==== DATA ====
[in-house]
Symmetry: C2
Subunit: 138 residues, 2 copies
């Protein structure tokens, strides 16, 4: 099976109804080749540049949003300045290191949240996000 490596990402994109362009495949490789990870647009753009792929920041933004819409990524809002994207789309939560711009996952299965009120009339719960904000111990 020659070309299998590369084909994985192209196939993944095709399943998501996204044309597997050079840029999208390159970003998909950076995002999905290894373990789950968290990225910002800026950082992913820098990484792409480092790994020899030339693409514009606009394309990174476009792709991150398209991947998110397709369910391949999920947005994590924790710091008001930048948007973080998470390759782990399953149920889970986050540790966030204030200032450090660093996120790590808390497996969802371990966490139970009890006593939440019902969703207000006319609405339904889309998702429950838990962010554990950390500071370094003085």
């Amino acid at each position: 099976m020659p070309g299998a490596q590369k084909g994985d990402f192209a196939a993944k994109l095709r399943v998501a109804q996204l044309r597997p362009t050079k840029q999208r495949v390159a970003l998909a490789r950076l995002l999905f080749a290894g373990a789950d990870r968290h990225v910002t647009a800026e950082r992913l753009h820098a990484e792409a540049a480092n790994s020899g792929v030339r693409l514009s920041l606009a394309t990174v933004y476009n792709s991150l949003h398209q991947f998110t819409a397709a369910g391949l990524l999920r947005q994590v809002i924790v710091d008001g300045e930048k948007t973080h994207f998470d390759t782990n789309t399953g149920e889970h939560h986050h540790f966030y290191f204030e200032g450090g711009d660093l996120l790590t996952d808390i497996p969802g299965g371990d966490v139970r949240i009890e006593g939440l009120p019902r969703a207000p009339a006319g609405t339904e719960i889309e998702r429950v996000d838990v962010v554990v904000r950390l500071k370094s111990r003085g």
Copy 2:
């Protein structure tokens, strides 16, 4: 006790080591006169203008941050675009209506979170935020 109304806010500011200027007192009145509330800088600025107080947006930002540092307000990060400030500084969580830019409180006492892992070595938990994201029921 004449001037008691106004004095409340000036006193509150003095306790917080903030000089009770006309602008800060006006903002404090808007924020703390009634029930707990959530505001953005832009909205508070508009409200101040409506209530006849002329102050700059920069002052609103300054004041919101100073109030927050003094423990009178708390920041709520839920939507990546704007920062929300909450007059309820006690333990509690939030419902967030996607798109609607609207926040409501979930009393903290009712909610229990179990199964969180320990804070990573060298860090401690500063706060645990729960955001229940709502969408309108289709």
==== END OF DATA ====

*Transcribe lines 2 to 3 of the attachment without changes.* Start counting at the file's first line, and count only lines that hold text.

Symmetry: C2
Subunit: 138 residues, 2 copies